NASA announced that in 2015 the New Horizons probe will meet Pluto. Officials say that the spacecraft has successfully emerged from hibernation after a nine year trip to Pluto.
The spacecraft will start the close observation of Pluto on January 15, just four days before its anniversary launch nine years ago. The probe was launched in 2006 and it flew 3 billion miles to reach its destination.
New Horizons had 18 periods of hibernation planned during its trip to Pluto, unlike the Rosetta mission who went in one single deep hibernation during its flight. During each of these hibernation periods, the New Horizons probe wasn’t completely shut down. The computer of the probe was constantly monitoring the hardware of the device and it transmitted weekly messages to Kennedy Space Center regarding the ship’s integrity and status.
Officials say that the spacecraft is now still 162 million miles away from Pluto. When the spacecraft woke from one of its hibernation periods it has sent pictures of Jupiter and some of its satellites that took 4 hours and 26 minutes to reach Earth, despite the fact that transmissions travel at the speed of light. The signals from New Horizons were captured before 9:30 p.m ET, by a giant antenna in Australia, and were redirected to John’s Hopkins University of Applied Physics in Maryland.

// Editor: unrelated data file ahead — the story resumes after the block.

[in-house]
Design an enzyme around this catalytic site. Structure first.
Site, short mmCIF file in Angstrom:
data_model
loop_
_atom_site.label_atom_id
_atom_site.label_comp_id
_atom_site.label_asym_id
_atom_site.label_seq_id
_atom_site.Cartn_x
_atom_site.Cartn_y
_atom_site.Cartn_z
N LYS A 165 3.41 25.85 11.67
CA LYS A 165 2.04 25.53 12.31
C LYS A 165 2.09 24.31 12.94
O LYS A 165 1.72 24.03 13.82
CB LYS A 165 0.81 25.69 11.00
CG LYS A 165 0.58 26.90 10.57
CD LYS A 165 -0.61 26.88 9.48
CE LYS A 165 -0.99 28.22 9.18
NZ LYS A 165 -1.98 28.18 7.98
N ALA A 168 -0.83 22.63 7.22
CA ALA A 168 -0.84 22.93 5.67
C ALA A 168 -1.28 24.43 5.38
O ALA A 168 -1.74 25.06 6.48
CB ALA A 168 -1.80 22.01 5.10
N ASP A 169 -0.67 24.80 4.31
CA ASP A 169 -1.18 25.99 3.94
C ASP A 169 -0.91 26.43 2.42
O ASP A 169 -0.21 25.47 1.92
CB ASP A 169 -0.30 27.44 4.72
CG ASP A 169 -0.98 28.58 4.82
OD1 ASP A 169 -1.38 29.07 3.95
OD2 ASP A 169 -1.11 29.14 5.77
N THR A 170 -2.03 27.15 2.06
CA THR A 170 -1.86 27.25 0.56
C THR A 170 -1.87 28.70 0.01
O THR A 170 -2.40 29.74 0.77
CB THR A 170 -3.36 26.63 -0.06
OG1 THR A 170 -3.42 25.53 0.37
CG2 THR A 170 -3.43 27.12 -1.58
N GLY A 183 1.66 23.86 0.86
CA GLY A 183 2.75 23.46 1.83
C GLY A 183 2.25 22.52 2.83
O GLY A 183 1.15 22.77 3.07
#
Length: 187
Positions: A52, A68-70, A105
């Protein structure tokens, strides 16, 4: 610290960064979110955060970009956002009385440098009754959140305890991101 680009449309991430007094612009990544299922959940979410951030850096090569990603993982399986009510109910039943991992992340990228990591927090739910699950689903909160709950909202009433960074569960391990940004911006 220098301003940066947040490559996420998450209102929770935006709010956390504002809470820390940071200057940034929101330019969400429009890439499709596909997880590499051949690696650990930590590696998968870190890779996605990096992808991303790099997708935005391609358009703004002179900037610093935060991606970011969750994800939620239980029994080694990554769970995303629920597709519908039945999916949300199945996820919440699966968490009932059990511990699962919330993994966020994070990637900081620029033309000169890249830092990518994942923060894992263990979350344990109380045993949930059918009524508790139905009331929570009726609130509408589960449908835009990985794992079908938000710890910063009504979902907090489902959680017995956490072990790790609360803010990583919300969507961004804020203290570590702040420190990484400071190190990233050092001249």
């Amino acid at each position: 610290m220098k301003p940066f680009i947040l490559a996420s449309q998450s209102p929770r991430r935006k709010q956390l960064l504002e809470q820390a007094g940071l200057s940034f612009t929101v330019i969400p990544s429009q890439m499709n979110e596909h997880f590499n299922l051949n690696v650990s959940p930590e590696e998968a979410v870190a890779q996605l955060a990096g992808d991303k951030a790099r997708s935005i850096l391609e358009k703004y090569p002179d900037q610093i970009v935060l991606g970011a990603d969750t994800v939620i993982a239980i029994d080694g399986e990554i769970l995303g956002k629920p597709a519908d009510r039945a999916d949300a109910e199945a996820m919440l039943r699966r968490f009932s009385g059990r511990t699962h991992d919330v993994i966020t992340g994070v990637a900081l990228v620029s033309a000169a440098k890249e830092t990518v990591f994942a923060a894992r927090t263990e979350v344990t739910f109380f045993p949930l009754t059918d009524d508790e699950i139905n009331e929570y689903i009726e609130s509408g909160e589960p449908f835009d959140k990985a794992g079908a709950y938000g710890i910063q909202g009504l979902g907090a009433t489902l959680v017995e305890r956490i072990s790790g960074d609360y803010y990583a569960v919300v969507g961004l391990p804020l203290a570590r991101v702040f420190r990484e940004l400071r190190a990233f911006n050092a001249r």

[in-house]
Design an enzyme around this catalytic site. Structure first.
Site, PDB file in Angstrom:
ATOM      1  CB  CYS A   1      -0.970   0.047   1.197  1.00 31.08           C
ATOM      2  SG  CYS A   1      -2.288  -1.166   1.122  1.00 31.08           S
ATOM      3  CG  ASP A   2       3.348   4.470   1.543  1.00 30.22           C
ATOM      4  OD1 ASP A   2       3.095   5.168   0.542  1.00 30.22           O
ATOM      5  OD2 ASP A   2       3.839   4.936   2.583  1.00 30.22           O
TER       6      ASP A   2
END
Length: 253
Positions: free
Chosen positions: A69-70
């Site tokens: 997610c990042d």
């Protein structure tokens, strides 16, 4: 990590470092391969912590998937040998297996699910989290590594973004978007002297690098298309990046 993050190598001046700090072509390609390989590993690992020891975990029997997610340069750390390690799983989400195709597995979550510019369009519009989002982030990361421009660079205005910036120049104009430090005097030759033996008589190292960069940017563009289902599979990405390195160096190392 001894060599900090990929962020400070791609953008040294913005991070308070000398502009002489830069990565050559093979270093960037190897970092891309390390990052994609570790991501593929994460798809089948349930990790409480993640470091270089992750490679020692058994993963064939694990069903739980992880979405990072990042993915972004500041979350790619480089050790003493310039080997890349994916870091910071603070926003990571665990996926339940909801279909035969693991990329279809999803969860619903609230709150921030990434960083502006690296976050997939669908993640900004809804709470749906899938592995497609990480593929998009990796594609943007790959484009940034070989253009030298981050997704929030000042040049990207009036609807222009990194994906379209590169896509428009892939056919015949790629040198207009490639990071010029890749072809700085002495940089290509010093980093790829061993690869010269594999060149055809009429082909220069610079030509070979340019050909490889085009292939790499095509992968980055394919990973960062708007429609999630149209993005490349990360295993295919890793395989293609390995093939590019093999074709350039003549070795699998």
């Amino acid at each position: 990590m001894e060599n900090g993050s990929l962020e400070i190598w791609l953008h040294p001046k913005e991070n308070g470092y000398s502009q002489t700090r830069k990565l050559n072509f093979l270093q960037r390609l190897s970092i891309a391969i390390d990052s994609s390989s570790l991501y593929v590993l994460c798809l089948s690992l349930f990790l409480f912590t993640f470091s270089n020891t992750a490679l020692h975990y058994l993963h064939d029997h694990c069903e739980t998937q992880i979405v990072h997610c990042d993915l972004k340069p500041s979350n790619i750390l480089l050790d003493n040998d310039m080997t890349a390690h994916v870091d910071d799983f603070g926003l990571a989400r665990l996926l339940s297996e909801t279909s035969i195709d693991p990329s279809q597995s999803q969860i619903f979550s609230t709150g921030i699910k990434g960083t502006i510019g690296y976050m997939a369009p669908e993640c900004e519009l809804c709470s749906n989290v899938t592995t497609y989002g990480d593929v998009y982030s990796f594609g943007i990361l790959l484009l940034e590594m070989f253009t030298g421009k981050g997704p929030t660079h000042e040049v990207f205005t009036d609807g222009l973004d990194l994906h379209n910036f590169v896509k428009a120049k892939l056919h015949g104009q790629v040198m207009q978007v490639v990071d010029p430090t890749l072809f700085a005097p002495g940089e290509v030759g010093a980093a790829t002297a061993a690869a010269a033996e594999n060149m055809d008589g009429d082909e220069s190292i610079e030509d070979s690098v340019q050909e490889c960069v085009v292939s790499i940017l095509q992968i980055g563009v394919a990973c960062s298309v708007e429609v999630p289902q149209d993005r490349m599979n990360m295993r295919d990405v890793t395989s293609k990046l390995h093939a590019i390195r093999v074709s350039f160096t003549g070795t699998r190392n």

NASA official announced that the hibernation period for New Horizons is officially over, and before the probe will begin its observation of Pluto next month it will receive a full systems check-up. The probe will provide high resolution images of Pluto and its satellites and it is scheduled to get close to the planet on July 14, 2015.
New Horizons probe is carrying different high tech instruments that will help it in accomplishing its mission.The instruments on board of the New Horizons spacecraft include advanced imaging infrared and ultraviolet spectrometers, a compact multicolor camera, high resolution telescopic camera, two powerful particle spectrometers and a space dust detector. NASA officials say that all the instruments are functioning as they should and will provide accurate data when the probe will begin its mission. The pictures that New Horizons will provide will be better than those took by the Hubble telescope, NASA says.